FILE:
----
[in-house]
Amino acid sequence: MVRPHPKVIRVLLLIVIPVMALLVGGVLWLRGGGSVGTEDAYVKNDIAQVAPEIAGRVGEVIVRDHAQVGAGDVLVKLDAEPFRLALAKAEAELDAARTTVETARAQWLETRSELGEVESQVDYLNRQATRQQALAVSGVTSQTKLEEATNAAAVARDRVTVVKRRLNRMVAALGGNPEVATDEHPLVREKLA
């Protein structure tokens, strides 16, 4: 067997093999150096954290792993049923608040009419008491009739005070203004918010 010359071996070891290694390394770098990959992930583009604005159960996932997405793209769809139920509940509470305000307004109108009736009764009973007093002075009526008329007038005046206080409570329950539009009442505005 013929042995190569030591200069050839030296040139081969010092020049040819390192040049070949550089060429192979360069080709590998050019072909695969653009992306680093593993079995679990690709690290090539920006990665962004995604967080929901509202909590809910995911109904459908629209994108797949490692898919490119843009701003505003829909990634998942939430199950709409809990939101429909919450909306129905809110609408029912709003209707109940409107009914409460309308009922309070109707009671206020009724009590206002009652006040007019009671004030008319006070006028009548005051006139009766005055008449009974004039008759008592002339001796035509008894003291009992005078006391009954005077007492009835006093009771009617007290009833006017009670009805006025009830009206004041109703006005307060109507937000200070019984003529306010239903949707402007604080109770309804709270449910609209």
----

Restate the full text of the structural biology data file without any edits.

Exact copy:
[in-house]
Amino acid sequence: MVRPHPKVIRVLLLIVIPVMALLVGGVLWLRGGGSVGTEDAYVKNDIAQVAPEIAGRVGEVIVRDHAQVGAGDVLVKLDAEPFRLALAKAEAELDAARTTVETARAQWLETRSELGEVESQVDYLNRQATRQQALAVSGVTSQTKLEEATNAAAVARDRVTVVKRRLNRMVAALGGNPEVATDEHPLVREKLA
């Protein structure tokens, strides 16, 4: 067997093999150096954290792993049923608040009419008491009739005070203004918010 010359071996070891290694390394770098990959992930583009604005159960996932997405793209769809139920509940509470305000307004109108009736009764009973007093002075009526008329007038005046206080409570329950539009009442505005 013929042995190569030591200069050839030296040139081969010092020049040819390192040049070949550089060429192979360069080709590998050019072909695969653009992306680093593993079995679990690709690290090539920006990665962004995604967080929901509202909590809910995911109904459908629209994108797949490692898919490119843009701003505003829909990634998942939430199950709409809990939101429909919450909306129905809110609408029912709003209707109940409107009914409460309308009922309070109707009671206020009724009590206002009652006040007019009671004030008319006070006028009548005051006139009766005055008449009974004039008759008592002339001796035509008894003291009992005078006391009954005077007492009835006093009771009617007290009833006017009670009805006025009830009206004041109703006005307060109507937000200070019984003529306010239903949707402007604080109770309804709270449910609209």